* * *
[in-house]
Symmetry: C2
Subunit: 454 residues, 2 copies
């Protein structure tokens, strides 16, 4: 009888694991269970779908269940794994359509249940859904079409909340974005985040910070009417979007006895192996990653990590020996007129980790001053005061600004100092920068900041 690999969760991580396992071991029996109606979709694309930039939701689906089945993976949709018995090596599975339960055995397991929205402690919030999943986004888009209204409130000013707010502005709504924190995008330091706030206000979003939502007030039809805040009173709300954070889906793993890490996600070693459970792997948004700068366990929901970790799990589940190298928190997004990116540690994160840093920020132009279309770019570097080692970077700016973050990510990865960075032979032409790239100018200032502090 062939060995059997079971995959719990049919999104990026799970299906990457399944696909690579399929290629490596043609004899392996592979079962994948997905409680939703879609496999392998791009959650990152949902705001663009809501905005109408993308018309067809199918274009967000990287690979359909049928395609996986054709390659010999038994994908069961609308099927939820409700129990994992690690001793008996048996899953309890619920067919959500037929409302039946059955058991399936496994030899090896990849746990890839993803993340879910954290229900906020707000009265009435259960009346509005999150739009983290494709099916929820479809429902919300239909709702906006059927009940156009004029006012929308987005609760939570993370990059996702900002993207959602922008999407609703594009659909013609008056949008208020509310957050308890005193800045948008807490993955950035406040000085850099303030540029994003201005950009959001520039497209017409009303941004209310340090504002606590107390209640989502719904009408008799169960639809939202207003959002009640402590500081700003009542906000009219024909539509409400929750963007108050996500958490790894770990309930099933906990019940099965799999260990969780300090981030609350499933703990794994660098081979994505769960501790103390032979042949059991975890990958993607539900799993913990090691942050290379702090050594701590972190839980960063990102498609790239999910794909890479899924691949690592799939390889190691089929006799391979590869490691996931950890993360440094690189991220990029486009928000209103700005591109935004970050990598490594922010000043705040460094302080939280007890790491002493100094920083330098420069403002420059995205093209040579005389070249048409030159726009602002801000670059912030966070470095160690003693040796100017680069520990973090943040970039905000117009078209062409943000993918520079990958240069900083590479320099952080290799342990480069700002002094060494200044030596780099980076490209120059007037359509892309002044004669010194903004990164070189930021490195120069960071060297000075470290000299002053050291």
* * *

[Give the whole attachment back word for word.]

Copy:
[in-house]
Symmetry: C2
Subunit: 454 residues, 2 copies
């Protein structure tokens, strides 16, 4: 009888694991269970779908269940794994359509249940859904079409909340974005985040910070009417979007006895192996990653990590020996007129980790001053005061600004100092920068900041 690999969760991580396992071991029996109606979709694309930039939701689906089945993976949709018995090596599975339960055995397991929205402690919030999943986004888009209204409130000013707010502005709504924190995008330091706030206000979003939502007030039809805040009173709300954070889906793993890490996600070693459970792997948004700068366990929901970790799990589940190298928190997004990116540690994160840093920020132009279309770019570097080692970077700016973050990510990865960075032979032409790239100018200032502090 062939060995059997079971995959719990049919999104990026799970299906990457399944696909690579399929290629490596043609004899392996592979079962994948997905409680939703879609496999392998791009959650990152949902705001663009809501905005109408993308018309067809199918274009967000990287690979359909049928395609996986054709390659010999038994994908069961609308099927939820409700129990994992690690001793008996048996899953309890619920067919959500037929409302039946059955058991399936496994030899090896990849746990890839993803993340879910954290229900906020707000009265009435259960009346509005999150739009983290494709099916929820479809429902919300239909709702906006059927009940156009004029006012929308987005609760939570993370990059996702900002993207959602922008999407609703594009659909013609008056949008208020509310957050308890005193800045948008807490993955950035406040000085850099303030540029994003201005950009959001520039497209017409009303941004209310340090504002606590107390209640989502719904009408008799169960639809939202207003959002009640402590500081700003009542906000009219024909539509409400929750963007108050996500958490790894770990309930099933906990019940099965799999260990969780300090981030609350499933703990794994660098081979994505769960501790103390032979042949059991975890990958993607539900799993913990090691942050290379702090050594701590972190839980960063990102498609790239999910794909890479899924691949690592799939390889190691089929006799391979590869490691996931950890993360440094690189991220990029486009928000209103700005591109935004970050990598490594922010000043705040460094302080939280007890790491002493100094920083330098420069403002420059995205093209040579005389070249048409030159726009602002801000670059912030966070470095160690003693040796100017680069520990973090943040970039905000117009078209062409943000993918520079990958240069900083590479320099952080290799342990480069700002002094060494200044030596780099980076490209120059007037359509892309002044004669010194903004990164070189930021490195120069960071060297000075470290000299002053050291």